Bangkok is sinking, so it built a park that holds a million gallons of rainwater to help prevent flooding

An aerial view of CU Park in Bangkok, Thailand.

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An aerial view of CU Park in Bangkok, Thailand.
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Landprocess

Summertime is Thailand’s rainy season, when Bangkok and other cities can experience powerful storms. In past years, downpours have produced enough rainfall to completely flood city streets, overwhelm drainage systems, and inundate homes.

Making matters worse for Bangkok, the city is sinking at a rate of more than one centimeter a year and could be below sea level by 2030.

To help prevent future flooding, the city and local organizations have recently embarked on several projects, including mapping out an extensive water-management plan this past June.

One of the larger anti-flooding projects is Chulalongkorn University Centenary Park, an 11-acre green space that can hold up to a million gallons of rainwater. As TED notes, Bangkok-based landscape architecture firm Landprocess designed the park to address flooding in its surrounding neighborhoods.

Here’s how it works.


Known informally as the CU Park, the project was built on $700 million worth of land near central Bangkok in 2017.

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An aerial view of CU Park in Bangkok, Thailand.
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Landprocess

Landprocess Founder Kotchakorn Voraakhom, who grew up in Bangkok, led the design plans. The park sits on the campus of Chulalongkorn University, which commissioned the project.


The park features several characteristics that help it retain and redirect floodwater that would otherwise flow into city streets.

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CU Park in Bangkok, Thailand.
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Landprocess

One side of the park sits at an incline that helps funnel water into a giant container.

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Landprocess

The raised green roof directs runoff water through sloped rain gardens with native plants.

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Wetlands at CU Park in Bangkok, Thailand.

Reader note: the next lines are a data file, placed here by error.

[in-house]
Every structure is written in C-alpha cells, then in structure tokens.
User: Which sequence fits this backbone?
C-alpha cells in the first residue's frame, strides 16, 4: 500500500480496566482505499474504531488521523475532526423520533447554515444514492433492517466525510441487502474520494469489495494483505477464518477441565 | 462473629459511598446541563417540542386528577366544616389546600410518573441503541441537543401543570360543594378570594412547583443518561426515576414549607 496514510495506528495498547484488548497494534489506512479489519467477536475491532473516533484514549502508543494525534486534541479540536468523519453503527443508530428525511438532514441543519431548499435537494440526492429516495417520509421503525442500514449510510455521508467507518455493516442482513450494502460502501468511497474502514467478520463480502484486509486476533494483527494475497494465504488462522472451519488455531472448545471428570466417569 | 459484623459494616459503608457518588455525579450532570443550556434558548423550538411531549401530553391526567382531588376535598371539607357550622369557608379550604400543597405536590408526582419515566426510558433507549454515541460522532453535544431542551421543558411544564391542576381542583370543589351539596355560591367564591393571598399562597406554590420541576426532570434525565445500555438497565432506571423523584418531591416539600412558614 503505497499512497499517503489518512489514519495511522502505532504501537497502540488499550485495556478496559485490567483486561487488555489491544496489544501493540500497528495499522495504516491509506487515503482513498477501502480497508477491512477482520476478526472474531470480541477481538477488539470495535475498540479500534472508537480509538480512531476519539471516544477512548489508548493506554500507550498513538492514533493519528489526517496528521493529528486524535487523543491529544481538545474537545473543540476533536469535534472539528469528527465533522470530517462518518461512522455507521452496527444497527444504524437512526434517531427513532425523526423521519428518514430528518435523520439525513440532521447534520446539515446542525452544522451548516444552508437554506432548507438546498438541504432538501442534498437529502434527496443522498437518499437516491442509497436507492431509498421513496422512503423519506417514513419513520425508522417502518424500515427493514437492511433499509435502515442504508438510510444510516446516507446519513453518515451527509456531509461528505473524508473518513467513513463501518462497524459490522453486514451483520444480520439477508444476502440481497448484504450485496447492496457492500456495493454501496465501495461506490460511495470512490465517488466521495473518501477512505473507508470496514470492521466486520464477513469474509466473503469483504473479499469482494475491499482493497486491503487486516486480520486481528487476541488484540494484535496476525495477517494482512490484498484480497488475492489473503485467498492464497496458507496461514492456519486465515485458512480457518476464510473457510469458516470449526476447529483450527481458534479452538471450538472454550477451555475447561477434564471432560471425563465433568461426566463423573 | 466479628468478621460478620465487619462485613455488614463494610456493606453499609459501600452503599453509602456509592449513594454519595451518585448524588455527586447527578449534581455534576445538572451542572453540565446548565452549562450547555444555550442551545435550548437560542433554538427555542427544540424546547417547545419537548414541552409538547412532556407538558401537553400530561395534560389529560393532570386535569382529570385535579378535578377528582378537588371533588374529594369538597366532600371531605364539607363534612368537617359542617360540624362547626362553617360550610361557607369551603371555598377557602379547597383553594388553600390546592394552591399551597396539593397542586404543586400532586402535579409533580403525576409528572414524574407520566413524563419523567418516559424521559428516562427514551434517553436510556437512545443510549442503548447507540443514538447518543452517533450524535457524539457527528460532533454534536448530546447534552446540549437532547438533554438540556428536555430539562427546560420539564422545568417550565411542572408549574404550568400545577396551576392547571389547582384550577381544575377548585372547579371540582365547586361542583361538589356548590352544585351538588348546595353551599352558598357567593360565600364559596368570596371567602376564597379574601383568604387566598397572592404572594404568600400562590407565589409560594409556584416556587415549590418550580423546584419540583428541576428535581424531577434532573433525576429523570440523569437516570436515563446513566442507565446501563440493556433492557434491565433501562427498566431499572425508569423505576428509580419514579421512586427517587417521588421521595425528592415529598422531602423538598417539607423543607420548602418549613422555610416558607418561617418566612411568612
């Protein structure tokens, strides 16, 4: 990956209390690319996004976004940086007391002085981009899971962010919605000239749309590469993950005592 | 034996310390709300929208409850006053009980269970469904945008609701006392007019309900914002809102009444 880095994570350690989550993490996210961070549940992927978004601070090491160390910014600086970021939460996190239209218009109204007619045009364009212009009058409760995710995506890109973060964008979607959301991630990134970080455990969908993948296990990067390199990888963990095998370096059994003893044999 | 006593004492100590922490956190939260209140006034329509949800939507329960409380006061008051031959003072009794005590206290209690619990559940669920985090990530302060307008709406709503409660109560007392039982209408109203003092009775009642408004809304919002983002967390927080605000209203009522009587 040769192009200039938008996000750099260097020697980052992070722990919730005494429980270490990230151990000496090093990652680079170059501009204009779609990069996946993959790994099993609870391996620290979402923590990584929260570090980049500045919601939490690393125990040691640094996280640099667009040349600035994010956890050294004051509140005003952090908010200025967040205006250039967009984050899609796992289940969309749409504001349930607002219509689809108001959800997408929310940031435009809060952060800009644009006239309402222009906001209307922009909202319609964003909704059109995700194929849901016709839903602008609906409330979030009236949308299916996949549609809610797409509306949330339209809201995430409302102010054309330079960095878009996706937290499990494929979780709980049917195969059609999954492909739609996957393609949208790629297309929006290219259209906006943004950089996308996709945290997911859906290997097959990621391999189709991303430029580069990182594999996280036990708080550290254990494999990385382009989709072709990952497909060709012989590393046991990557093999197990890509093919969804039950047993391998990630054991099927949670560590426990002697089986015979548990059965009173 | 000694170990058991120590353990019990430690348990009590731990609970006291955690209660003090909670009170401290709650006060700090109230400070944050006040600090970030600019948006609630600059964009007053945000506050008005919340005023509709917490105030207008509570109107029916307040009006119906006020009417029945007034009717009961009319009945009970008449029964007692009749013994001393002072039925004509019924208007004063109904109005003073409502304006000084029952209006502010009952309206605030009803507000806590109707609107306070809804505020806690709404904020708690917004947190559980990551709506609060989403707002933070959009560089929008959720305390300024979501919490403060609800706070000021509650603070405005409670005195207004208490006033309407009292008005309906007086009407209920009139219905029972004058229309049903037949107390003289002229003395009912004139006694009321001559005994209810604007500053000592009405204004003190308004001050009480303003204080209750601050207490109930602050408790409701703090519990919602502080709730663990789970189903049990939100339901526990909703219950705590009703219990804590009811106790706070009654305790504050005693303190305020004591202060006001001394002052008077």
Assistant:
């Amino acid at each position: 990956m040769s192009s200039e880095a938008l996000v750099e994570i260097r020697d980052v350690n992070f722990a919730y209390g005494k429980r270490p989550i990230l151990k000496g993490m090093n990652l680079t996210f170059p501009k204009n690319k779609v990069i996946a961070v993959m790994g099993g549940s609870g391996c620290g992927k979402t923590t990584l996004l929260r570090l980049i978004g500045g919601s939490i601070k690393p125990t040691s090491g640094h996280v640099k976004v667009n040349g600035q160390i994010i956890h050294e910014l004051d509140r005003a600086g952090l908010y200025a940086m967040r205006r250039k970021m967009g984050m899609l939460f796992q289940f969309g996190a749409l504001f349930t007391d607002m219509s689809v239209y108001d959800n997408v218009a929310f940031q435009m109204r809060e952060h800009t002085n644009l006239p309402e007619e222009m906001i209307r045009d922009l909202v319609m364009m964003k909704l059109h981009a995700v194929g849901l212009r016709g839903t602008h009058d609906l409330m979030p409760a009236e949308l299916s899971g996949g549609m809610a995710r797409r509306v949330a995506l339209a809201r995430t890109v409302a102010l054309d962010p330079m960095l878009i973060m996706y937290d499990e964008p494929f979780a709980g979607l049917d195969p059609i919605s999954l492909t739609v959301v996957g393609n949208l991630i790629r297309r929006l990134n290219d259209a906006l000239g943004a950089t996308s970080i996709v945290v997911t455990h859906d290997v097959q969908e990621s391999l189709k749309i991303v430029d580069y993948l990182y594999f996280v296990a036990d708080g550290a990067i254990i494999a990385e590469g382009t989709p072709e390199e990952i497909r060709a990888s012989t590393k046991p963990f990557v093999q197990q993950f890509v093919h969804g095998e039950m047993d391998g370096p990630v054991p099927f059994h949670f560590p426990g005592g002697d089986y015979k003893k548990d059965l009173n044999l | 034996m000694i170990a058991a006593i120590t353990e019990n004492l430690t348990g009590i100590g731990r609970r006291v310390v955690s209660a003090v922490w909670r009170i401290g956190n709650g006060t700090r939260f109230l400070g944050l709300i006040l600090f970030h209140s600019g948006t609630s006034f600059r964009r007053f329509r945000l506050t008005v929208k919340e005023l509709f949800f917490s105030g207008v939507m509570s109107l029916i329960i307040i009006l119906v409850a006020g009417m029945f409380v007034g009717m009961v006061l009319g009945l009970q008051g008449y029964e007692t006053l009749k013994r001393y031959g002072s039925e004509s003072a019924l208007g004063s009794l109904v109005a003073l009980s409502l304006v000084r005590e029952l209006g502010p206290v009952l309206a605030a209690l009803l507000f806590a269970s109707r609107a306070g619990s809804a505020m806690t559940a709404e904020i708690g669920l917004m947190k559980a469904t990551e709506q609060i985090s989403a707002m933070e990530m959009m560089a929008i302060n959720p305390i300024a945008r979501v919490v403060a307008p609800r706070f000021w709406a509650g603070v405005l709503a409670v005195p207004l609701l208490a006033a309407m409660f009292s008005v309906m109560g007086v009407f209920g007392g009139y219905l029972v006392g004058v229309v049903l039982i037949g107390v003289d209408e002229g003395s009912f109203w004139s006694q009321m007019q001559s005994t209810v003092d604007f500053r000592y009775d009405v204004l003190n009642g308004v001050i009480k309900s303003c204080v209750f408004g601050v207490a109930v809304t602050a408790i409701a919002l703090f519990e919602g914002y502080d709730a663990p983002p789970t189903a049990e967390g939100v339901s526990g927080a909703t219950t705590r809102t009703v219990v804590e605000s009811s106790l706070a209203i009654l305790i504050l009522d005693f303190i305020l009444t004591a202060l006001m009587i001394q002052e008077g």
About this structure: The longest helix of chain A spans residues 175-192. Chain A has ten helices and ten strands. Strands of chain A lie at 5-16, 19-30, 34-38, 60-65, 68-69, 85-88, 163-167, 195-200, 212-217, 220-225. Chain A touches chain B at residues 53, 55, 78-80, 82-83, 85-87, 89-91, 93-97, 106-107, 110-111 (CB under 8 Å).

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Landprocess

The water then travels through an artificial wetland …

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An illustration of CU Park in Bangkok, Thailand.
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Landprocess

… and drains into a large retention pond that soaks it up.

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An illustration of CU Park in Bangkok, Thailand.
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Landprocess

The wetland also acts as a filtration system, where the water can be treated for toxic materials.


In the case of severe flooding, the retention pond can nearly double in size by expanding onto the park’s main lawn. In total, the park can hold up to a million gallons of water.

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Landprocess

Source: TED


Other sections of the park include an herb garden, trails, and a recreation area.

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Landprocess

A linear rain garden — which also absorbs water — lines the park’s perimeter to protect the outlying roads.

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Water retention ponds at CU Park in Bangkok, Thailand.
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Landprocess

These roads include bike lanes and wide walkways, so that the public can easily access the park on foot.

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CU Park in Bangkok, Thailand.
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Landprocess

“Chulalongkorn Centennial Park is designed to face future uncertainties of climate change,” the firm said in a statement.


Bangkok, a mega-city of 20 million people, will continue to face the threat of sea-level rise and flooding.

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Landprocess

While 11 acres only covers a small portion of the city, CU Park is a step toward a more resilient Bangkok.

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An aerial view of CU Park in Bangkok, Thailand.
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Landprocess

Voraakhom is now designing an even larger park that will mitigate flooding like CU park. Located on the campus of Bangkok’s Thammasat University, it’s expected to open in 2019.